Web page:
The cabaret tradition in Berlin has some popular appeal, largely thanks to the novels of Christopher Isherwood, and the film, Cabaret, adapted from his Goodbye to Berlin. I’ve never been able to shrug off the feeling that, in some ways, both book and especially the film give a somewhat misleading picture of what it was like to be in Berlin in the Weimar period, 1918-1933. Certainly, a thoroughly-realistic picture might have to show a more-balanced account of the times, and take in the hunger and unemployment, the violence, the way in which ordinary people lived their lives and what they thought about the general situation. Not every Berliner frequented the cabarets and clubs. They perhaps seem attractive to audiences now, who imagine an openness about sexuality and personal inclinations that was widespread. But on the streets there were battles between left and right forces, and only one could eventually come to power. The Nazis did and quickly clamped down on anyone not fitting to their ideas of clean living and conformity to recognised social norms. No doubt the communists would have done exactly the same if they had seized control of the country.

But what I’ve said doesn’t alter the fact that, for a time, the cabarets and clubs and cafés did exist, and reading about them, and looking at the paintings by artists like Otto Dix and George Grosz, has its values. Both Dix and Grosz portrayed the syphilitic prostitutes, the maimed and disabled soldiers, the greedy businessmen, and the Nazis who, in the early-1920s, could still be mocked and caricatured. But they would exact their revenge in due course.

Probably even more than Weimar Germany, the Paris cabarets, clubs, and cafés of the Belle Époch, the period between 1871 and the start of the First World War in 1914, might be the most familiar on a popular level. Books, posters, postcards, calendars, and films celebrate its fabled celebrities, like Toulouse-Lautrec, and the places where they congregated. Who hasn’t see the 1953 film, Moulin Rouge, with its flamboyant Can-Can dancers?

The Chat Noir in Montmartre was the most famous of the Parisian cabarets and offered a programme of “poetry performances, improvised monologues, satirical songs and debates on contemporary politics”.  There were other, frequented by painters like Monet, Degas, Renoir, and Manet. It wasn’t that cafés attracting bohemians were anything new in Paris. The poets and painters immortalised in Henry Murger’s  Scènes de la vie de Bohème patronised the Café Momus back in the 1840s.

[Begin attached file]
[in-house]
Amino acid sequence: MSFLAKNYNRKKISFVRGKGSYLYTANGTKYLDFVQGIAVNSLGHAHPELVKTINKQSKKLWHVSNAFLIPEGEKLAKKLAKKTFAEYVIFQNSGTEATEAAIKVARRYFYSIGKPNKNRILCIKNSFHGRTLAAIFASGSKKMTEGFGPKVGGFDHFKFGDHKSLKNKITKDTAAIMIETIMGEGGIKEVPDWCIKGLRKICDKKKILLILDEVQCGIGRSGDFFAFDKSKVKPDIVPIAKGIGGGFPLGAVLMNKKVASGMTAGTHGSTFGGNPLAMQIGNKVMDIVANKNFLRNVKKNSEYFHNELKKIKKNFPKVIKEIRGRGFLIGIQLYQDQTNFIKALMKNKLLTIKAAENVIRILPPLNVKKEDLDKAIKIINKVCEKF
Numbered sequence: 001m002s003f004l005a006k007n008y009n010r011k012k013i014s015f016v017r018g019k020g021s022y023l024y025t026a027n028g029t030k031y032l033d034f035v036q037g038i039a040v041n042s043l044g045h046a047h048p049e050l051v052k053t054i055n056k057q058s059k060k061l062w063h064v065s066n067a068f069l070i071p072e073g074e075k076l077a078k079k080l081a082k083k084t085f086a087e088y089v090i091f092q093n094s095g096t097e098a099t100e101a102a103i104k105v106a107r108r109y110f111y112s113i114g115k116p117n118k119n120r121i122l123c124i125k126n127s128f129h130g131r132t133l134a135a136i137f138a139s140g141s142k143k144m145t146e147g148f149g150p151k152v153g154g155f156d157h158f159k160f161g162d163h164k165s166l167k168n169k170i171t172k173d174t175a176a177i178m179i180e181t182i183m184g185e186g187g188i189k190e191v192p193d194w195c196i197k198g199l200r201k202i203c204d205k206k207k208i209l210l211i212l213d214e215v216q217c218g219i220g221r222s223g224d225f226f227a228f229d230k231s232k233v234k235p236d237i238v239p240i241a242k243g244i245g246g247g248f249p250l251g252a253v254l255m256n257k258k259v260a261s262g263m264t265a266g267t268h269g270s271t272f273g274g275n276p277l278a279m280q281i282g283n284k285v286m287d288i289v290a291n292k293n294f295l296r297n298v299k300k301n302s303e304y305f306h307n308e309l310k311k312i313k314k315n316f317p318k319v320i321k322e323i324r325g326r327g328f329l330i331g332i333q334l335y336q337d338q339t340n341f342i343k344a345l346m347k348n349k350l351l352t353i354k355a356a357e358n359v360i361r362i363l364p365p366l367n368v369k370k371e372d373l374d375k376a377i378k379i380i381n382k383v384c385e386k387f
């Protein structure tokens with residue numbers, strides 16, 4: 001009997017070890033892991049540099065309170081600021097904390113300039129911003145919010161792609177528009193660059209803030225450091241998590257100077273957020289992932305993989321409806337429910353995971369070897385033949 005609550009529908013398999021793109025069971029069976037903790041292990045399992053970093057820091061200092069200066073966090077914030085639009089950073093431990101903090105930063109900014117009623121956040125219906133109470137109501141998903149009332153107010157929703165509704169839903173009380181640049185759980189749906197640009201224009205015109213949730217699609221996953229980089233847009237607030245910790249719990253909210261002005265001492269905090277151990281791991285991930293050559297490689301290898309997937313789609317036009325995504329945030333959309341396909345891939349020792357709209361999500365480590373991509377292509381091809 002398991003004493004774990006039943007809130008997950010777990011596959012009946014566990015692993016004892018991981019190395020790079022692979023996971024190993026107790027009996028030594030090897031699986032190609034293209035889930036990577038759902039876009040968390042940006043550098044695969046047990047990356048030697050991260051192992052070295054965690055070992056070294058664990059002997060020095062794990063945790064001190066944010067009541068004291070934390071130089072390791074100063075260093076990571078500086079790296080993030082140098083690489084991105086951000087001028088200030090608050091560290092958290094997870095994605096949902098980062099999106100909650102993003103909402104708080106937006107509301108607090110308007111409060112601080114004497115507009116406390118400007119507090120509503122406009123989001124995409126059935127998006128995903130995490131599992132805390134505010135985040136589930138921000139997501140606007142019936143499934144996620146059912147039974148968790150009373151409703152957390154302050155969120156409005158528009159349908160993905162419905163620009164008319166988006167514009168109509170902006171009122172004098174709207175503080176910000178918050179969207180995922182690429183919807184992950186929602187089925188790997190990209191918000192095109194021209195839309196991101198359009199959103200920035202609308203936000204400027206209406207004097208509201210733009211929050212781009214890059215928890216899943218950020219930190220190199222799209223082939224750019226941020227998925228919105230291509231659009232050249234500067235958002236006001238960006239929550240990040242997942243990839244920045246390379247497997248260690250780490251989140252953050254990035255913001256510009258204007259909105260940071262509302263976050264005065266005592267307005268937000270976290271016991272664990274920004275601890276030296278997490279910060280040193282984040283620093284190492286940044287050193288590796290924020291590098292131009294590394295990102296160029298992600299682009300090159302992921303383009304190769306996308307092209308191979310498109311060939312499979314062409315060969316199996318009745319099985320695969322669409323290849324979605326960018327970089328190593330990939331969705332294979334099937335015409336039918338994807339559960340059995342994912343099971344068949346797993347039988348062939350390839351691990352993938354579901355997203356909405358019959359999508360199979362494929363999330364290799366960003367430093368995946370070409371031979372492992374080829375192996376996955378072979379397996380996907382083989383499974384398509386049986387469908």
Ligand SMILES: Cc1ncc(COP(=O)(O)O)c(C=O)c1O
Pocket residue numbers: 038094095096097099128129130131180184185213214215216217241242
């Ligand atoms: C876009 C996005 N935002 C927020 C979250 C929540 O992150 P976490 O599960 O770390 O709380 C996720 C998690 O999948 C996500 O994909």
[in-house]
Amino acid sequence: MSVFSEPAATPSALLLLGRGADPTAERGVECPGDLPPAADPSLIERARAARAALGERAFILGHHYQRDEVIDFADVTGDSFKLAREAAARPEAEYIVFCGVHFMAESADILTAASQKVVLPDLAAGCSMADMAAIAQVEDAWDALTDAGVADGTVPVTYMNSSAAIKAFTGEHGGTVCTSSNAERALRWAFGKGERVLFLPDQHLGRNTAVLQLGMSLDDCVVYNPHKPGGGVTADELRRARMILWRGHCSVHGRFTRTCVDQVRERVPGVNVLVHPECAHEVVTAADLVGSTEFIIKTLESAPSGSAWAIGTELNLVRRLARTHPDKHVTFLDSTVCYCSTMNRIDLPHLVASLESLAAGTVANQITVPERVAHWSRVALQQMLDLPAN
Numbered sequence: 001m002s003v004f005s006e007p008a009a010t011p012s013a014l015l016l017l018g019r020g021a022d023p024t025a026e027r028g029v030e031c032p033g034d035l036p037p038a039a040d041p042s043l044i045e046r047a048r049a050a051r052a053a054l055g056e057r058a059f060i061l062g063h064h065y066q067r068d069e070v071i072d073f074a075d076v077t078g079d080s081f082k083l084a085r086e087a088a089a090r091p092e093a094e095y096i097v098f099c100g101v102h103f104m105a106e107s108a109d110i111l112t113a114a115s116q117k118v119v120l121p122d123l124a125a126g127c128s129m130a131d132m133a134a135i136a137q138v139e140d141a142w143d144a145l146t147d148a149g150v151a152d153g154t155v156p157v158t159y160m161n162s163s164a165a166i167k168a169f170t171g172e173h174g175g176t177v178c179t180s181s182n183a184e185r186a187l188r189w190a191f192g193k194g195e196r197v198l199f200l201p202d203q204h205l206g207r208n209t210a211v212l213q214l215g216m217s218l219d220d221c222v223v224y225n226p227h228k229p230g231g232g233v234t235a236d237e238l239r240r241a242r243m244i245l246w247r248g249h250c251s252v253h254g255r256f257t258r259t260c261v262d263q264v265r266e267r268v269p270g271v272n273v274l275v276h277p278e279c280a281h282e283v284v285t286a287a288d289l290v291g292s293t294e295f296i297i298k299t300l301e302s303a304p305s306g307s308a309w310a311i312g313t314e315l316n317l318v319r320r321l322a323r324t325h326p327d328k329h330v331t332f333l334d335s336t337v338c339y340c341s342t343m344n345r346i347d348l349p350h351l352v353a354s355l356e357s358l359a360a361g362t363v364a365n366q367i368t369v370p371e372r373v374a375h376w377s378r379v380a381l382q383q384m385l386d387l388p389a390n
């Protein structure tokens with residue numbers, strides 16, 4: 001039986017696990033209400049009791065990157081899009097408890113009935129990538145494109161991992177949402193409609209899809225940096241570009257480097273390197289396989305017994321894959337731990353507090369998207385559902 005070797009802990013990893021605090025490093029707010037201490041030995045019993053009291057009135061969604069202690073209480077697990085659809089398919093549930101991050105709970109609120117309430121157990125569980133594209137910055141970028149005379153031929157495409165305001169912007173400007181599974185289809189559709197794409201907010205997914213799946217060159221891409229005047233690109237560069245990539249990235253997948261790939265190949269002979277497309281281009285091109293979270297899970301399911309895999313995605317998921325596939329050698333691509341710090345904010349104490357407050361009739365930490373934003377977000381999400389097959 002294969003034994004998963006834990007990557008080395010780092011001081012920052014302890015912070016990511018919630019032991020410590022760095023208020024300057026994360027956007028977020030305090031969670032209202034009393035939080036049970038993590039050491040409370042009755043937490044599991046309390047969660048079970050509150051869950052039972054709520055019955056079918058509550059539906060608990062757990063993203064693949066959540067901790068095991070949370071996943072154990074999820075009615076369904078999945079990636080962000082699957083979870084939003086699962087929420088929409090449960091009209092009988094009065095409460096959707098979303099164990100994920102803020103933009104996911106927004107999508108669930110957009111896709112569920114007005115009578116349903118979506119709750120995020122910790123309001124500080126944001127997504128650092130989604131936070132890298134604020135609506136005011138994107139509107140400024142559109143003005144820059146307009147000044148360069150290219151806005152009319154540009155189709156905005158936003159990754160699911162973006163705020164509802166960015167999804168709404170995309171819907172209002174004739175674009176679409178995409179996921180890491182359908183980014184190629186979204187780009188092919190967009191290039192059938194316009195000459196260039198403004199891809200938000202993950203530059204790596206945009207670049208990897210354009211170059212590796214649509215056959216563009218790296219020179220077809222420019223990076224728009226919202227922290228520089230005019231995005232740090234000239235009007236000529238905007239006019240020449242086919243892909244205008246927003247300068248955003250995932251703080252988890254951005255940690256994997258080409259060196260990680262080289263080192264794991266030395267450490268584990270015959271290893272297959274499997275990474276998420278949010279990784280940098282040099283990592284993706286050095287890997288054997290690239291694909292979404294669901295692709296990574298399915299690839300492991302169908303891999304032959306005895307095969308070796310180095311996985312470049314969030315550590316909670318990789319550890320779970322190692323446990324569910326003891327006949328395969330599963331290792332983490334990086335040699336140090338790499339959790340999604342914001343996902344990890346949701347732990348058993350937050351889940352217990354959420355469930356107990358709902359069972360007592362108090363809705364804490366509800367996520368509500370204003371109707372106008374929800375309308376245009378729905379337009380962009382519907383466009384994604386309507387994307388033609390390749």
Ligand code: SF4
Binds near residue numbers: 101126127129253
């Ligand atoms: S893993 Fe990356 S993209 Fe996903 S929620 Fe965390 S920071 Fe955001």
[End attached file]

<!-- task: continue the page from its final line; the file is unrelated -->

But it was only later in the century that the cabaret really took off in terms of appealing to a wide audience, albeit that its members tended to be from the middle and upper-classes. There is a story about Rodolphe Salis, founder of the Chat Noir, being approached by the actress Louise France, who at the time was struggling to earn a living. Her hair was dishevelled, she wasn’t wearing a hat (women were usually expected to when out-of-doors), and her clothes were shabby. She asked if she could read something at the evening poetry recital, but Salis responded negatively: “I don’t know you, go sing in the street if that pleases you, but not here”. Luckily, someone interceded on her behalf, and she later regularly led the poetry recitals, and helped out with the “shadow theatre shows”. It could be that Salis was simply behaving in a dismissive way towards yet another unknown wanting to perform. But the tone of his response seems to indicate that he was concerned to maintain a certain standard with regard to dress and appearance, which might suggest how he viewed the performers and their respectable audience.

Does a cabaret and club culture still exist in the way that it did in those locations and times I’ve referred to? There are chapters on the 1960s Mbari Artists and Writers Club in Ibadan, Nigeria, and the Rasht 29 private members’ club in Tehran which ran from 1966 to 1969. It’s unlikely that anything similar to the latter now exists in Iran. Like Russia in the 1920s and Germany in the 1930s, an authoritarian regime has clamped down on freedom of expression and the open exchange of ideas.

This splendid book, well-written, packed with information, and with dozens of illustrations that include paintings, photos, posters, leaflets, poems, and many other items, accompanies an exhibition at the Barbican. As well as the individual sections where the paintings are displayed, there are a number of rooms where recreations of some parts of specific locations have been created. Do they work? I’m not sure, and I found that I got more from looking at what was on the walls, or in the display cases, in the main part of the exhibition. A leap of the imagination may be all that is required to give one an impression of what it was like being present in Paris or Berlin or Zurich. But It isn’t truly possible to recreate the atmosphere of the past, no matter how much we try to physically re-enact it. But this is a minor criticism and the exhibition, taken as a whole, is visually exciting and intellectually stimulating.